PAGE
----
I think that people are concerned that previous operations have focused a good bit on clear, but I think both governments -- both the government of Iraq and the coalition leadership are concerned that the hold effort has not been successful -- has not been sufficiently successful, and so we're looking into how we might work together to improve that, just as an example.
Q (In Arabic.)
SEC. GATES: I'm not sure I understood your question.
Q (In Arabic.)
SEC. GATES: First of all, I was very satisfied with my meetings today. I felt like we had a very thorough discussion. I'm very impressed. As you all know, I'm new to this. I'm very impressed by the commitment not just of the prime minister, but of others in the Iraqi government to improve the security situation and the well-being of the Iraqi people. They're clearly determined. I was impressed in that regard, as I mentioned earlier, about the report from General Dempsey about success in training the Iraqi army. So I would underscore that I was very satisfied with my meetings. I felt like we covered a great deal of ground.
I have some more meetings. I will be here still another half-day, so I have more meetings, but I feel like I'm learning the information from our Iraqi friends that I had hoped to in coming here, and I think it'll put me in a much better position to formulate my own recommendations for the president in the coming days.
Q Sir, how have -- this is Tom Ricks from the Washington Post. How have your two days of meetings here changed your views of Iraq from when you served on the Iraq Study Group?
SEC. GATES: Well, I think that above all, I come away -- we were here two months ago -- over two months ago -- and I think what impressed me the most was the progress of the Iraqi government in its own -- not only in its own commitment but in its thinking about how to address some of these security issues.
I think perhaps the Study Group was here a short enough time that perhaps we didn't have the opportunity to explore in the kind of depth I have today with Iraqi officials, so it may have just been my misinterpretation from early September. But what struck me today was the amount of planning, the amount of thinking, the amount of coordination that had gone on on the Iraqi side in terms of how they intend to move forward, and also their thinking in terms of the role that we can play, so I think that it's that change that I noticed.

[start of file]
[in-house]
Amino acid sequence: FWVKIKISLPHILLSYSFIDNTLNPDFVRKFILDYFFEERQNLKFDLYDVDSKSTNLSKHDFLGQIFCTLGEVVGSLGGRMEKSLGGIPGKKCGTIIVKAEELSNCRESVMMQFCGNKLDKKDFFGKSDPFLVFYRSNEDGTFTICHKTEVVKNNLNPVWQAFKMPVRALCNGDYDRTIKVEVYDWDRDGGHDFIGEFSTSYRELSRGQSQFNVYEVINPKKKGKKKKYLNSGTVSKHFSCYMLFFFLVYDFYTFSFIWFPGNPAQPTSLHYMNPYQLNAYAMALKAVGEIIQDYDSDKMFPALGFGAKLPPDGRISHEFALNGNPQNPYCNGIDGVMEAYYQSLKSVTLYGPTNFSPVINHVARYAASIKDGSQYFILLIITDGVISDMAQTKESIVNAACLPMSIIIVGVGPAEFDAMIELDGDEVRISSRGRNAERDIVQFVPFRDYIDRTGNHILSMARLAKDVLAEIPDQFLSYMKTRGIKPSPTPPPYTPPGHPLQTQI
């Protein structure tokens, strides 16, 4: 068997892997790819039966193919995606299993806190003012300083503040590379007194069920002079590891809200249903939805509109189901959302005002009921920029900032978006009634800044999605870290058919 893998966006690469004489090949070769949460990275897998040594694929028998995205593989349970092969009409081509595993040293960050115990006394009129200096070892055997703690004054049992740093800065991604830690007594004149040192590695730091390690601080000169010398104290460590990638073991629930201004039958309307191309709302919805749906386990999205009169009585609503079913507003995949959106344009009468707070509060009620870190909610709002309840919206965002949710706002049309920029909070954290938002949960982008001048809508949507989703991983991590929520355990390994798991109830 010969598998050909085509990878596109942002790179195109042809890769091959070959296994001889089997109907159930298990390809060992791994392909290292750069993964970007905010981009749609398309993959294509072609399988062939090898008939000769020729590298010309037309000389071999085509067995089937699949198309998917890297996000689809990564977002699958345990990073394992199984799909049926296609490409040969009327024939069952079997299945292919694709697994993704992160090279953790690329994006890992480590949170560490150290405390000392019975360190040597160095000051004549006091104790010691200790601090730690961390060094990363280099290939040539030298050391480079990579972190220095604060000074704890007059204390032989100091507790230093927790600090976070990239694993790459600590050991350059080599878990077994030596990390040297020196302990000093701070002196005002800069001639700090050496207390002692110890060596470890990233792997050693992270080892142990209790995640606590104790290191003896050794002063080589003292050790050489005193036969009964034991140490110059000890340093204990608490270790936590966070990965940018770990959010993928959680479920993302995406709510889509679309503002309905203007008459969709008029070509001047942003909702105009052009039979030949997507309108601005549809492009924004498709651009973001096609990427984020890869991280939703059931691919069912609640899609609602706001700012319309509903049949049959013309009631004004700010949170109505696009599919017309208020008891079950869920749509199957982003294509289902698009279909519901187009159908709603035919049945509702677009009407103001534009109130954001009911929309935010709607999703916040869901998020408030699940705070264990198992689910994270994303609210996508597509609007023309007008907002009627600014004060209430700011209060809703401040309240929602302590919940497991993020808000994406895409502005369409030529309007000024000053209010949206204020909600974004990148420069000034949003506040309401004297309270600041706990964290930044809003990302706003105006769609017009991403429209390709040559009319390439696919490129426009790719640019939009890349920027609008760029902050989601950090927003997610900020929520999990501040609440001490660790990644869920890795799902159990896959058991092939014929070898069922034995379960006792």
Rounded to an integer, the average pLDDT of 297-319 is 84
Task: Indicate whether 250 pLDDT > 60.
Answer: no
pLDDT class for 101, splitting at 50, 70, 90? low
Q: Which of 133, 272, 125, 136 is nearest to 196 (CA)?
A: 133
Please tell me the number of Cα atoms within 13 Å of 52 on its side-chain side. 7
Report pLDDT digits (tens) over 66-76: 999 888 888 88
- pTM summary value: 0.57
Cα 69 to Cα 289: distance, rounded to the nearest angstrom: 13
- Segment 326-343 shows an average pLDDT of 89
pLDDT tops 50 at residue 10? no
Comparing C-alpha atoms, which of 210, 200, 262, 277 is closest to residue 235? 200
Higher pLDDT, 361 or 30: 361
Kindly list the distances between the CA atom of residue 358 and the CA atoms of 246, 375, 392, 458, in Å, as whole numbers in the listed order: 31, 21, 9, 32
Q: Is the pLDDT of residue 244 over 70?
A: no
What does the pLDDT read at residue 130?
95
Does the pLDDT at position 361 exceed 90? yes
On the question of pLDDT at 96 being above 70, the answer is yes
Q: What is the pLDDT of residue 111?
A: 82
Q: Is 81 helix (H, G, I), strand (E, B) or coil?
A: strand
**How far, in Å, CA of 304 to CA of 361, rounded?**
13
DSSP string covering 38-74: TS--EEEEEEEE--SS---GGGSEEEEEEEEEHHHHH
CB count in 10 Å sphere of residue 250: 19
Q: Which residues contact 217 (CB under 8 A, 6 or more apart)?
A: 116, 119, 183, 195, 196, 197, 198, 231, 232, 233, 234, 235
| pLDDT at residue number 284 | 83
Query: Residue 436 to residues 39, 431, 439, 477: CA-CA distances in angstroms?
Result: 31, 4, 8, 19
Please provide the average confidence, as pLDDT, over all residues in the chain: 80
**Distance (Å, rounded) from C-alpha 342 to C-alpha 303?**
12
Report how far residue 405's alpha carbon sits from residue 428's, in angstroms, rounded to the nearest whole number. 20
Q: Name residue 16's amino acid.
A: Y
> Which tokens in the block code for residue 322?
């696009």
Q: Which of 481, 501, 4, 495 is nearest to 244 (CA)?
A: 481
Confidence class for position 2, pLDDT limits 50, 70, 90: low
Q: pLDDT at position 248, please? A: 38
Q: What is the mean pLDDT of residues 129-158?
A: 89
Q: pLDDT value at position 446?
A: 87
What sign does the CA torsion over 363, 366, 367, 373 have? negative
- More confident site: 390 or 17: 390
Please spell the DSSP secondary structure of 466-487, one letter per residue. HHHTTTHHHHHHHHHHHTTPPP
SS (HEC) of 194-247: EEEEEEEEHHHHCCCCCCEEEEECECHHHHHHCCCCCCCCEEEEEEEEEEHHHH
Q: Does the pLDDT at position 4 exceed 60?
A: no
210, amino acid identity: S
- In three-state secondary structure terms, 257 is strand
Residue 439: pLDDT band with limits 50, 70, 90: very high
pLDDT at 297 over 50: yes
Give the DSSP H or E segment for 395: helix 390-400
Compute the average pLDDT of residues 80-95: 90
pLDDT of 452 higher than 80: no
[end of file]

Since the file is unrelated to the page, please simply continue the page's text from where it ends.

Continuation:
Q Secretary Gates, this morning you met with a small but representative group of senior enlisted U.S. soldiers.
STAFF: Last question, sir.
Q And you asked them whether they thought, whether they thought, more U.S. troops should be sent to Iraq and to Baghdad, and they seemed to indicate that they could use the help. How will that influence your thinking about the possible options as you look at the way ahead?
SEC. GATES: Actually, I didn't ask them whether they thought more U.S. troops would be necessary in Iraq. I thought that might be leading the witness. What I did was ask these sergeants and specialists what advice they might have for the secretary of defense. And I must say that it was characteristic of the quality of the young people in our armed services -- they were not hesitant about giving it.
I think like most people on the front lines in a battle, they'd always like to have more forces. We have to take into account the views of the Iraqi government, the views of our own leadership, the views of our own military leadership in taking that into account. But what impressed me above all was the extraordinary quality of the American men and women that I met with this morning and that I think, as you suggest, are representative of those who are serving our country here and serving the Iraqi people in terms of their willingness to say what they think, their commitment to the mission, their dedication, and their determination to be successful in this mission, and for Iraq to -- for this effort in Iraq to be successful.
INTERPRETER: Thank you very much.